A German Shepherd bitch is making an impressive recovery from serious burns, after treatment with manuka honey impregnated dressings.

'Lady' sustained her injuries after being trapped in a blazing house in Cornwall, as reported by the BBC. She has since been under the care of Amanda Manley at the Cornwall Animal Hospital, who has been using Activon Tulle Manuka honey impregnated dressings to treat the wounds.

Amanda said: "I'd like to say it was all down to the manuka honey, although it's difficult to make a scientific judgement without a control in place. Nevertheless I am very impressed with the results and will definitely use honey again in a similar situation"

Rachel Fuller, Product Manager for Activon (medical grade manuka honey dressings) at Dechra Veterinary Products said: "In human medicine, manuka honey has become popular as a result of its antibacterial and healing properties. All honey has a degree of effectiveness, but the unique properties of manuka honey make it by far the most effective for use on wounds. It is now gaining recognition among veterinary professionals, which has led to the introduction of honey-based wound management systems for animal care".

According to Dechra, Manuka honey has been shown to be effective against over 70 strains of bacteria commonly found in wounds, including MRSA1. It also has an osmotic effect which draws fluid from a wound bed and helps to remove slough and debride necrotic tissue that can harbour bacteria and impede wound healing2. It protects the wound bed and provides a moist wound healing environment3 and the water soluble antioxidants provide favourable conditions that help to promote granulation and epithelialisation, thus faster healing. There is a rapid reduction in odour when honey is applied to a malodorous wound and it also acts as an anti-inflammatory, which therefore reduces pain.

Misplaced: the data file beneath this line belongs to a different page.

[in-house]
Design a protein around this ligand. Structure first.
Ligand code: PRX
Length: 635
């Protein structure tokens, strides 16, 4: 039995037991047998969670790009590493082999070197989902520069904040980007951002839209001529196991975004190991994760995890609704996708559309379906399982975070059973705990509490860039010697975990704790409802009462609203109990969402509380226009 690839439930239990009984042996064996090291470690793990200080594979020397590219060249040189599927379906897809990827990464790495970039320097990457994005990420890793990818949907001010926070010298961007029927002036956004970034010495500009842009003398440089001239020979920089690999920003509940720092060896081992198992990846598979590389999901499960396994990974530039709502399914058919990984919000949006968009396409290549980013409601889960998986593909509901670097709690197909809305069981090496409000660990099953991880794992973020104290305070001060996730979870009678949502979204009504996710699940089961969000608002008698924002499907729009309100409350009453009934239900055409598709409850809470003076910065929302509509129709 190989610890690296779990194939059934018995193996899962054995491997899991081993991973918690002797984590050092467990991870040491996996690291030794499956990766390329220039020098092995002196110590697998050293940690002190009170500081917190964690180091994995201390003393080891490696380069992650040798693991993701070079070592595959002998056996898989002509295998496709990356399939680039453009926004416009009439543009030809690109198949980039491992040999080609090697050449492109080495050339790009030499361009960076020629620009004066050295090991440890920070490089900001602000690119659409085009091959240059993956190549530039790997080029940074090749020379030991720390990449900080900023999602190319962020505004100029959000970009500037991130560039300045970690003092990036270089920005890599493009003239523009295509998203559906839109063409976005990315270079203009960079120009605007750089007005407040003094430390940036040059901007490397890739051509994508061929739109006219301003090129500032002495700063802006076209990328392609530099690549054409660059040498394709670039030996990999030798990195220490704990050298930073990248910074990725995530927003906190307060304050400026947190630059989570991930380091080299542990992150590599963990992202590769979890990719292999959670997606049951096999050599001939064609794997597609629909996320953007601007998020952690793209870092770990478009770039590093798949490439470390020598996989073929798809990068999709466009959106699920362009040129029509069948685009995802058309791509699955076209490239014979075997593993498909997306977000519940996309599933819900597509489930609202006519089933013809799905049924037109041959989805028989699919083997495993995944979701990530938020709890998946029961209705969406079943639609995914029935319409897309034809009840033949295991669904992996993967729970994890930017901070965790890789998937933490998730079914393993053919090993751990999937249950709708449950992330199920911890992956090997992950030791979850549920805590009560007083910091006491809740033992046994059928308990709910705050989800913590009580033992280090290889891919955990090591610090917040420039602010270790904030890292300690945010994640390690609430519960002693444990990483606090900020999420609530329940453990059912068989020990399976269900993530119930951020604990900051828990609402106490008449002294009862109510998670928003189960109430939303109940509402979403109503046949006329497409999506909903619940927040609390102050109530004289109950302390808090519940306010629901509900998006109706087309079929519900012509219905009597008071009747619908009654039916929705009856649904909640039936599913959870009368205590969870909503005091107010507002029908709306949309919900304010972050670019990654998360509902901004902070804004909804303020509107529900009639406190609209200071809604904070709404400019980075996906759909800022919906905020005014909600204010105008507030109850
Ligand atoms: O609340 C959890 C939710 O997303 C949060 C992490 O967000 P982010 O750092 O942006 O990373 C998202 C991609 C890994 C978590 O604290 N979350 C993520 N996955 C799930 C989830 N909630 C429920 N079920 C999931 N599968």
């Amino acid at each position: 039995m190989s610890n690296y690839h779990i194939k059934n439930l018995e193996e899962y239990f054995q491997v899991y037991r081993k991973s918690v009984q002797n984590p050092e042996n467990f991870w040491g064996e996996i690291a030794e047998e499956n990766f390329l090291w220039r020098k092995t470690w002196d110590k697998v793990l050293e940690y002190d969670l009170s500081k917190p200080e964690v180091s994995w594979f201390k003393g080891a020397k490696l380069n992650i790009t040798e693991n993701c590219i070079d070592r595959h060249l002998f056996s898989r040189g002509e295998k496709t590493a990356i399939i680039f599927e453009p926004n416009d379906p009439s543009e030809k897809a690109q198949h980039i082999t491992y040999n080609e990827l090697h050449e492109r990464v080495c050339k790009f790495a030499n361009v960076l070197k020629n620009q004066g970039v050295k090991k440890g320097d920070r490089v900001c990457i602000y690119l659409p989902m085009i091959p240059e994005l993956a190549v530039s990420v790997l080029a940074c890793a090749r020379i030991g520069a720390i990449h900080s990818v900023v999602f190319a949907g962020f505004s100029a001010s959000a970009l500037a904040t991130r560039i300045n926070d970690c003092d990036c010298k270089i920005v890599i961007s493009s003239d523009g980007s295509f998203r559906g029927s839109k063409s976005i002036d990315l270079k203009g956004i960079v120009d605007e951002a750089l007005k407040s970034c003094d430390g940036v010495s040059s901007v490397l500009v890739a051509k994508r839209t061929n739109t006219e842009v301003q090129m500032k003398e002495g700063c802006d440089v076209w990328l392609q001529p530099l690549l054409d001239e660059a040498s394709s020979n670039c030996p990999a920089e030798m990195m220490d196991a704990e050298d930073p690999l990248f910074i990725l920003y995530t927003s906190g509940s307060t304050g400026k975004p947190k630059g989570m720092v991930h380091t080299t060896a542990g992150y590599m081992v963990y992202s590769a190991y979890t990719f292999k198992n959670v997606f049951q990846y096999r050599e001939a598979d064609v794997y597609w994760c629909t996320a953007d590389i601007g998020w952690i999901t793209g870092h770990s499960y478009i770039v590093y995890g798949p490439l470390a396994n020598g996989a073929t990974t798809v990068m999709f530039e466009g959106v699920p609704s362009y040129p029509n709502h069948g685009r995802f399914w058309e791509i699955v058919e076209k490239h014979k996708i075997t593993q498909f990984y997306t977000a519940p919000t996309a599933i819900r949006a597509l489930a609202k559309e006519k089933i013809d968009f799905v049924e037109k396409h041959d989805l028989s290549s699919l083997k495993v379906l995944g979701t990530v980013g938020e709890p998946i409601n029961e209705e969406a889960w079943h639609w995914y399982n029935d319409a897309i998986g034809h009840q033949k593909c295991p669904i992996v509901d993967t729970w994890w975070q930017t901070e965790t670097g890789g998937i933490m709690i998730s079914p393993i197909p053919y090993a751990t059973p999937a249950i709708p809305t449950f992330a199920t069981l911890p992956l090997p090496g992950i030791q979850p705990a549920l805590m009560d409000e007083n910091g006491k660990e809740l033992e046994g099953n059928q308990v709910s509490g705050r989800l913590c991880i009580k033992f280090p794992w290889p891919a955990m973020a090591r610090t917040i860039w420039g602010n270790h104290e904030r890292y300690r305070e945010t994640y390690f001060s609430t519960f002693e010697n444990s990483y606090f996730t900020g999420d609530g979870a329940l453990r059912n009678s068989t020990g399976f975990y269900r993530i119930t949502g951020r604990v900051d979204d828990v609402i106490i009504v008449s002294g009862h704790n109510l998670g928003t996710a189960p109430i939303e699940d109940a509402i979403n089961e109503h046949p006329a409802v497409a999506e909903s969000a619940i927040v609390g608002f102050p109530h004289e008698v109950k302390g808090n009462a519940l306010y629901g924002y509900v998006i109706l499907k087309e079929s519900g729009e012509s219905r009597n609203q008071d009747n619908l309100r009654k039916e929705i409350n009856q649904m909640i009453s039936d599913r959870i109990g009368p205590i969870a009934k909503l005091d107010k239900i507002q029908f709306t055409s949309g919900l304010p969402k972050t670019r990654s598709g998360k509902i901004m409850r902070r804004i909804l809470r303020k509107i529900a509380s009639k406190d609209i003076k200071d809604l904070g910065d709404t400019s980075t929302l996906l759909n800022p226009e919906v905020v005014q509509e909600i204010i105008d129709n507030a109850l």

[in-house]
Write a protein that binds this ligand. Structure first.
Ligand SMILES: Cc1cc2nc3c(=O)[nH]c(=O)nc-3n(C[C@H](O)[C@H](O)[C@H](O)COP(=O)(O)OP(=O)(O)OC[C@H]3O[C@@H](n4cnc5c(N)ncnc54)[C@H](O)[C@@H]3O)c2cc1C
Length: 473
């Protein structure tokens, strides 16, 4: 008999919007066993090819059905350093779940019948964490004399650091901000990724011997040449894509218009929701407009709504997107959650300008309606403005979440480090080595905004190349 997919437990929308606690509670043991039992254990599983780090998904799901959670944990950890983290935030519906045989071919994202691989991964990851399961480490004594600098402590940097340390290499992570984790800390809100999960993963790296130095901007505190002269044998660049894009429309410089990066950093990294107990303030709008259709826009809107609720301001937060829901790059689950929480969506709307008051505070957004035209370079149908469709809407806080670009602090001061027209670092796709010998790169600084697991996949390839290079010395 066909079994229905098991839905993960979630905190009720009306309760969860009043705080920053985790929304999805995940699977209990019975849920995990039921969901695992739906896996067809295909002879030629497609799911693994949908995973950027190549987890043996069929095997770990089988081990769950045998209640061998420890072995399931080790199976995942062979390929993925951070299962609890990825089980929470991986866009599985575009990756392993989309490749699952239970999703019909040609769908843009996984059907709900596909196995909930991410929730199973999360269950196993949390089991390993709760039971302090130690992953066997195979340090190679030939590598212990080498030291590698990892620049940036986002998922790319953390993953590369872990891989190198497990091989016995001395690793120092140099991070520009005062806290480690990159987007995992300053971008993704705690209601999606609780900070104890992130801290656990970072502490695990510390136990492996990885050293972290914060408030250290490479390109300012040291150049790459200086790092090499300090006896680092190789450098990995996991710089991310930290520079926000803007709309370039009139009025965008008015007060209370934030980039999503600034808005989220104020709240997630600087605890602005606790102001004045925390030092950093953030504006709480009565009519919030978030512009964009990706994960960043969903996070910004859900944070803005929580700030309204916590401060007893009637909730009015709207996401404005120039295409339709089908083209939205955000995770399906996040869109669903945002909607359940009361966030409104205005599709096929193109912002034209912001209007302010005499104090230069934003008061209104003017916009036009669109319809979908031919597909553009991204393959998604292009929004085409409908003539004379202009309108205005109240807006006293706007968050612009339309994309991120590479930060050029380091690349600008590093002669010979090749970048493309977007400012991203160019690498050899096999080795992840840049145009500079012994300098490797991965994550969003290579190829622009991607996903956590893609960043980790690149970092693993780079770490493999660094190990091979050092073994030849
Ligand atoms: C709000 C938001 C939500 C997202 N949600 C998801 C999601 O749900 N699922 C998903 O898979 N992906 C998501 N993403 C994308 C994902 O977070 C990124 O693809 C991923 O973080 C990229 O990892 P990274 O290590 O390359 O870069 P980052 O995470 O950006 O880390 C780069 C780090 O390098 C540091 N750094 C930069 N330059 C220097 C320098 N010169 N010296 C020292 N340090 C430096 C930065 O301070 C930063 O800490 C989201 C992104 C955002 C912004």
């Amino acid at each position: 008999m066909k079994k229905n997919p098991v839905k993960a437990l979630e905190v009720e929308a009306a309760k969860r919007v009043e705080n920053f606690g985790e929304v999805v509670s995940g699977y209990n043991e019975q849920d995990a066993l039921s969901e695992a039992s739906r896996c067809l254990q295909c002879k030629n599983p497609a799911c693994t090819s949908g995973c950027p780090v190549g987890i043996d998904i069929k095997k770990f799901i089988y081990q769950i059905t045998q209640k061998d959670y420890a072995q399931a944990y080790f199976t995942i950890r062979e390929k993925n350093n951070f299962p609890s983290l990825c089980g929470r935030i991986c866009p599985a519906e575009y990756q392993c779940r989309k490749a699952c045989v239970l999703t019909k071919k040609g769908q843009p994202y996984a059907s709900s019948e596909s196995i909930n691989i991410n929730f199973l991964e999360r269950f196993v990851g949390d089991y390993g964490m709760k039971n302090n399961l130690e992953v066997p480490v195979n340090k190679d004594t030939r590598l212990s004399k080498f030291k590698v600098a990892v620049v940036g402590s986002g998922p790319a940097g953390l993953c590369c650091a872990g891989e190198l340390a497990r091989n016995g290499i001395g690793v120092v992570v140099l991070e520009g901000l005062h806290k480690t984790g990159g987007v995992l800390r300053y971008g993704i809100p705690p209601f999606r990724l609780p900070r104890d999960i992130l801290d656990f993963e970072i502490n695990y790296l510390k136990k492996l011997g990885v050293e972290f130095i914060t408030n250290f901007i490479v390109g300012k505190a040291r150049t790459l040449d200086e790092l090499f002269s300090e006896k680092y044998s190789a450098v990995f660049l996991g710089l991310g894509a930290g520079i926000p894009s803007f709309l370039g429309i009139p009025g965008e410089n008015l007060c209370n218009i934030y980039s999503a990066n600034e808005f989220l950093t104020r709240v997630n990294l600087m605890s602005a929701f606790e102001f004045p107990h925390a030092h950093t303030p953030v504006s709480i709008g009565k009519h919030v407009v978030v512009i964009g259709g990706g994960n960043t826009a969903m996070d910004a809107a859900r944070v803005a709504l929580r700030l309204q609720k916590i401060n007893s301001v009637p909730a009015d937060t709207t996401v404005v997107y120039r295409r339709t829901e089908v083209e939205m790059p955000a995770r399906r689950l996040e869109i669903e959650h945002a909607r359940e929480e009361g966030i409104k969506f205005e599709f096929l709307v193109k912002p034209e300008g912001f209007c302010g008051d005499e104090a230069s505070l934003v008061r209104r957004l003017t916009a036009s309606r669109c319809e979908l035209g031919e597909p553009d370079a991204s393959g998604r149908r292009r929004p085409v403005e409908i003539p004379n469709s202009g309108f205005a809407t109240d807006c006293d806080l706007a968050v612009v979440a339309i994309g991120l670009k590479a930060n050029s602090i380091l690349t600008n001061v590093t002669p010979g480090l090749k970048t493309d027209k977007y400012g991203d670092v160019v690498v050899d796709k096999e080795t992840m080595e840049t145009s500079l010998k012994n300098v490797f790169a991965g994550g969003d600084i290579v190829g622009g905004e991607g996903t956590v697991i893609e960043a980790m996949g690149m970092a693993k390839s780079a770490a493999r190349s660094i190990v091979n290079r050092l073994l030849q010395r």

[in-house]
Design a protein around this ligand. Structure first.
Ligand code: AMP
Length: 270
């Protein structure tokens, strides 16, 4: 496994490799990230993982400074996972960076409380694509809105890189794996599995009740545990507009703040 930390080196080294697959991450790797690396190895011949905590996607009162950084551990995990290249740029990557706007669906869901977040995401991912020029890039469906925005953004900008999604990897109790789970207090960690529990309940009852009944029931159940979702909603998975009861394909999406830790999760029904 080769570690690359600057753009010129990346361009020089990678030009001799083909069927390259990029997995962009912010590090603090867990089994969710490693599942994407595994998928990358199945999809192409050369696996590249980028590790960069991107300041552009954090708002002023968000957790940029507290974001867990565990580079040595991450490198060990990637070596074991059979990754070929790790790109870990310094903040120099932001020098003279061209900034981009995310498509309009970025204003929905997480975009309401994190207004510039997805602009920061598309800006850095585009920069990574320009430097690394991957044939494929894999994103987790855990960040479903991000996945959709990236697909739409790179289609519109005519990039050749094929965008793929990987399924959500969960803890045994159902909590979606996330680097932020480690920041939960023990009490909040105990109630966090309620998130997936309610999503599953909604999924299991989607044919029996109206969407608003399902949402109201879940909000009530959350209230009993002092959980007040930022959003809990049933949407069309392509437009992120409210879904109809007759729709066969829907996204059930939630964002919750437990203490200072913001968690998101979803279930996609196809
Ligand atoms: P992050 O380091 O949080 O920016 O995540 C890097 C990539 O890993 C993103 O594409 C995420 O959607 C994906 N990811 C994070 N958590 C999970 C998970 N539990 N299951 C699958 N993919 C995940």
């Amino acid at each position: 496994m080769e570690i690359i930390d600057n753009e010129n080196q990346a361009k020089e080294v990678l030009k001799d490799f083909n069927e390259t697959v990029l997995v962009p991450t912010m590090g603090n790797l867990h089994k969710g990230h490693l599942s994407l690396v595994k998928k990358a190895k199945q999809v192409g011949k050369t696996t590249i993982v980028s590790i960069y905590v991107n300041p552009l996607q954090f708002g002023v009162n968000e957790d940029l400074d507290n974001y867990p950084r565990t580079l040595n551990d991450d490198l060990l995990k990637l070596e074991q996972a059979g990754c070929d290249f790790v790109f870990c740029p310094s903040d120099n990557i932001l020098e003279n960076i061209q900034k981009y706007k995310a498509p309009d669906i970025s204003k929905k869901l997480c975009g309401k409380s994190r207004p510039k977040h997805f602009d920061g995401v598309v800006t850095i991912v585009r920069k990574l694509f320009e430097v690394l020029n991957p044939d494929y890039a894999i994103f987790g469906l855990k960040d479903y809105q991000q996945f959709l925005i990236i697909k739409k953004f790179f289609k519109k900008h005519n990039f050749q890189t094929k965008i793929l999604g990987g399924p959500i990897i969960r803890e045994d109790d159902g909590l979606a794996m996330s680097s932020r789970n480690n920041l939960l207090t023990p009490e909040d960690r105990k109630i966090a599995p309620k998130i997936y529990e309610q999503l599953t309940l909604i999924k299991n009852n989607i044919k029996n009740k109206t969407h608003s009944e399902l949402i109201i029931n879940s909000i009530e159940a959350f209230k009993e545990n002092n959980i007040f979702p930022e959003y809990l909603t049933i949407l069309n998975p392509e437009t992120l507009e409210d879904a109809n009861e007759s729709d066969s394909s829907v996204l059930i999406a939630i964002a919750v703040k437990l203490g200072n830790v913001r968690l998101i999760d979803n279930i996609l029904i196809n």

The Cornwall Animal Hospital is a registered charity which exists to provide affordable pet care to those on a low income. It has provided all Lady's treatment at cost, including the Activon dressings, which have since been replaced by  Dechra as a gesture of support.

Photographs of the case at initial examination, post debridement / pre-treatment and post treatment are in the galleries.

References

  • 1. Molan, P.C., The antibacterial activity of honey. Part 1. Its use in modern medicine. Bee World 1992; 80(2): 5-28
  • 2. Molan, P.C., EWMA Congress, Glasgow 2007
  • 3. Dunford, C., et al. The use of honey in wound management. Nursing Standard, November 2000; 15,11,63-68